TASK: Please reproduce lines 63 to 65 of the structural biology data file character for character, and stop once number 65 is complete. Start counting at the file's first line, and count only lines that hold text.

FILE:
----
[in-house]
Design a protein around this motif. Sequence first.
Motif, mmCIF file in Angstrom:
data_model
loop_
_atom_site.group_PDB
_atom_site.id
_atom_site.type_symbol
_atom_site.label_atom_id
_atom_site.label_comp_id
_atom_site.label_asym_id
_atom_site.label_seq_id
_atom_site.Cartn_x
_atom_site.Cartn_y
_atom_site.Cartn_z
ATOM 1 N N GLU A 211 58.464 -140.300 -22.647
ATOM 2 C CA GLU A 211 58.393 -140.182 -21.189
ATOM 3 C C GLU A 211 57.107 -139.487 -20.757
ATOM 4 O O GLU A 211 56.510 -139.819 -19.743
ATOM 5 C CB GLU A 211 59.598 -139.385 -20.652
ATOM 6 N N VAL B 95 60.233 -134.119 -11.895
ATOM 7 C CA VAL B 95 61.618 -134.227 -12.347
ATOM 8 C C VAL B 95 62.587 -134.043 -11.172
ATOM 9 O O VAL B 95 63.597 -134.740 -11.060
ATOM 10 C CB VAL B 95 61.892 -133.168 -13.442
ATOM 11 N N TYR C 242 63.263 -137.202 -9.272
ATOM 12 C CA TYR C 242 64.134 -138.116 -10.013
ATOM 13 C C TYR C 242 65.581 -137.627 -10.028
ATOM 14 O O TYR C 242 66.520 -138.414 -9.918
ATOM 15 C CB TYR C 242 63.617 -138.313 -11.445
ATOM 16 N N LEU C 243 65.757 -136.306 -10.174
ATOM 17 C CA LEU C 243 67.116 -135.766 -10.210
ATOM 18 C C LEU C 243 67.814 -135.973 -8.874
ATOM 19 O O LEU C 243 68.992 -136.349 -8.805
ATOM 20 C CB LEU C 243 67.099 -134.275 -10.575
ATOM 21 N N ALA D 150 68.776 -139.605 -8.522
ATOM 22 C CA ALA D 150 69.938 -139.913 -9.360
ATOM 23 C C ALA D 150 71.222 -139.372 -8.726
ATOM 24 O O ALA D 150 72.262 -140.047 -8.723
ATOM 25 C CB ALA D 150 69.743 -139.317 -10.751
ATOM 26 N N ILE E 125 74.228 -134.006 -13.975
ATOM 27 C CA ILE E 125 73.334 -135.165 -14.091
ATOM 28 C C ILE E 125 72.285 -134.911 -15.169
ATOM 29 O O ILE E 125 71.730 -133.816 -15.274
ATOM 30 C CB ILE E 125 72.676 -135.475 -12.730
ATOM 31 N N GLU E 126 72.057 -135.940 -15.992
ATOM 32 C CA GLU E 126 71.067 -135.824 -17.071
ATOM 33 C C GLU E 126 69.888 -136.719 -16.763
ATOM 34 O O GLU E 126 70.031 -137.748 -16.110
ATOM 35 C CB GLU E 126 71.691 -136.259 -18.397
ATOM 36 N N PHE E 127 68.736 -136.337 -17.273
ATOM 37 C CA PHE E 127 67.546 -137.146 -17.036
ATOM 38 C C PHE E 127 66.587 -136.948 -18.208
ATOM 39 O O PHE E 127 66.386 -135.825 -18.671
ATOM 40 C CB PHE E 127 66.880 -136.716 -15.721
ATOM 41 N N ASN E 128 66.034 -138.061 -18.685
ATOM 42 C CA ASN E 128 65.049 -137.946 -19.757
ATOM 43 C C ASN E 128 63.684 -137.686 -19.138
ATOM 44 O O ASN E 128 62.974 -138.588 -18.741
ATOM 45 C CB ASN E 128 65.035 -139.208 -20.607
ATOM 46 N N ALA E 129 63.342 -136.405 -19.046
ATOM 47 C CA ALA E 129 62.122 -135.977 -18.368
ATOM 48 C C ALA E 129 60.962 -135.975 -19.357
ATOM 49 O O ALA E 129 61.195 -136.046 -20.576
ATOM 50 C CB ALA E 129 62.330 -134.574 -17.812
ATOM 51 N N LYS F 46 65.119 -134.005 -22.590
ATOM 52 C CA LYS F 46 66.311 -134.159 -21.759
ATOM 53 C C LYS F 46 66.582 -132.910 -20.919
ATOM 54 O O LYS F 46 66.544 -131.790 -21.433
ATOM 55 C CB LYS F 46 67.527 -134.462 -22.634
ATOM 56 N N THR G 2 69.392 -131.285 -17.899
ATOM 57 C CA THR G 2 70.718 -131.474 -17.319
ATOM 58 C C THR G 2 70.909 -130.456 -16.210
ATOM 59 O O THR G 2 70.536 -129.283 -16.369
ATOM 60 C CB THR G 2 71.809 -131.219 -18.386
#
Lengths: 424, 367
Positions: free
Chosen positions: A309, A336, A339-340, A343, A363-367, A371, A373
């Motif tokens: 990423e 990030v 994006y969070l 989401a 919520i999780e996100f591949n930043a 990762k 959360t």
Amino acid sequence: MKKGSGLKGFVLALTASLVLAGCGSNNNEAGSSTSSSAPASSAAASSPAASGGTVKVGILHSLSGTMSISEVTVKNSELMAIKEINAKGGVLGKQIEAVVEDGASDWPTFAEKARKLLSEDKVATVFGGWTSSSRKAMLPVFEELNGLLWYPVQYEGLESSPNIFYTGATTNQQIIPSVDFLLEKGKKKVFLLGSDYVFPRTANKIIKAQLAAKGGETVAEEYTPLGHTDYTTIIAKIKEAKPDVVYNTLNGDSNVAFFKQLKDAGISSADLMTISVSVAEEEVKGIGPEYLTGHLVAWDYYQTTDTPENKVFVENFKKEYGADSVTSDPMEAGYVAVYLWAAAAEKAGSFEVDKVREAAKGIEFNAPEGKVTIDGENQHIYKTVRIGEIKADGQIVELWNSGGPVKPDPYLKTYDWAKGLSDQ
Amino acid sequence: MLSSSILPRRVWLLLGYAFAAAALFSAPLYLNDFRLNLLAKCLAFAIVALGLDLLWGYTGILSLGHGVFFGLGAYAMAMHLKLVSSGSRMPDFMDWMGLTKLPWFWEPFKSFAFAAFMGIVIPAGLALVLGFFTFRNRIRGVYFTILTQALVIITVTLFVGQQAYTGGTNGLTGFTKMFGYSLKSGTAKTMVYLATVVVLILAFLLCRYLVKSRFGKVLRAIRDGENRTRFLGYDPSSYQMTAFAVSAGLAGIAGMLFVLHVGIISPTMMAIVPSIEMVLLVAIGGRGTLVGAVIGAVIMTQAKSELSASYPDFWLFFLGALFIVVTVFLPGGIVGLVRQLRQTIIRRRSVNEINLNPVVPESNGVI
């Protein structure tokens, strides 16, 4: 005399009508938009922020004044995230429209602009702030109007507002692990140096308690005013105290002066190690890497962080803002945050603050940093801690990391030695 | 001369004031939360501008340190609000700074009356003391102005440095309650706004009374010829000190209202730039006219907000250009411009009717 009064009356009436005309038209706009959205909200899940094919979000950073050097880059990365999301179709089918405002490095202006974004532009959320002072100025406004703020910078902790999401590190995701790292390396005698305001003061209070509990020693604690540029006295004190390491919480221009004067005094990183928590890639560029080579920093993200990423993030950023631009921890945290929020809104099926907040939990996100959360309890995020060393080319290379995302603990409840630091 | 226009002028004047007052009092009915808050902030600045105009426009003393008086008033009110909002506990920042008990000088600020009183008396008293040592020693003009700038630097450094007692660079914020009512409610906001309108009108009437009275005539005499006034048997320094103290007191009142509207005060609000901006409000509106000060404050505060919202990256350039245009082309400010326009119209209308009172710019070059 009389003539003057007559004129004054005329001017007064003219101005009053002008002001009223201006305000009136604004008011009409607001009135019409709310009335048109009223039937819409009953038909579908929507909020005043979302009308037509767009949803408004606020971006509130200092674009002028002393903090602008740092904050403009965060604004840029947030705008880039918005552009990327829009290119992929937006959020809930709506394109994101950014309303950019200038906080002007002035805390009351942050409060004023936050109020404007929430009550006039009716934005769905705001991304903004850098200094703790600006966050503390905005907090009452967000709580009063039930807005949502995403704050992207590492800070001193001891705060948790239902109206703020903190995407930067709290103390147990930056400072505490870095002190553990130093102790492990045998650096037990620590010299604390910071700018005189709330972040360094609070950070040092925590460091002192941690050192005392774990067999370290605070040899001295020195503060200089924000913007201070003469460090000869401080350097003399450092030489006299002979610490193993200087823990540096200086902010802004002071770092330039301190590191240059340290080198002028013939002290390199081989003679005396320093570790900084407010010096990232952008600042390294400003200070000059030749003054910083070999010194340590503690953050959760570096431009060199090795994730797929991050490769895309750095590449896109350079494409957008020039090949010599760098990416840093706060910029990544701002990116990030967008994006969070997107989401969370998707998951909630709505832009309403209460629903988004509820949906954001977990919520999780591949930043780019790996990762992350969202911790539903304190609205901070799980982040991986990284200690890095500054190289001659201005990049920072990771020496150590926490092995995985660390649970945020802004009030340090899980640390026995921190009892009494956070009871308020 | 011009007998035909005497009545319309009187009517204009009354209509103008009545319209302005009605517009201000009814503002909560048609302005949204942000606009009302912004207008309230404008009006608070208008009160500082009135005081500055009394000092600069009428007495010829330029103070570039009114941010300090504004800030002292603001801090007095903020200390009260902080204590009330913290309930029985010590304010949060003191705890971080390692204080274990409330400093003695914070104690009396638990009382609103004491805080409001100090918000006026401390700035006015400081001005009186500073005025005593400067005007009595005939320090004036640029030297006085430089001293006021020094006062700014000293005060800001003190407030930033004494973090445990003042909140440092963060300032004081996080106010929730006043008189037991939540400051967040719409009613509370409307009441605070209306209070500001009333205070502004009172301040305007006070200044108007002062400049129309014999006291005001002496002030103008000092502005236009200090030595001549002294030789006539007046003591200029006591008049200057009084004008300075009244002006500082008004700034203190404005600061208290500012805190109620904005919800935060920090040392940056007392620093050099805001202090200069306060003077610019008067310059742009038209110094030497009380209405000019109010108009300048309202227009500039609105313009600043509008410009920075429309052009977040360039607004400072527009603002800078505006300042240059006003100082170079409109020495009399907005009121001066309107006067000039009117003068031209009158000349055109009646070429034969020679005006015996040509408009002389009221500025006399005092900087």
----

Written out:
ATOM 48 C C ALA E 129 60.962 -135.975 -19.357
ATOM 49 O O ALA E 129 61.195 -136.046 -20.576
ATOM 50 C CB ALA E 129 62.330 -134.574 -17.812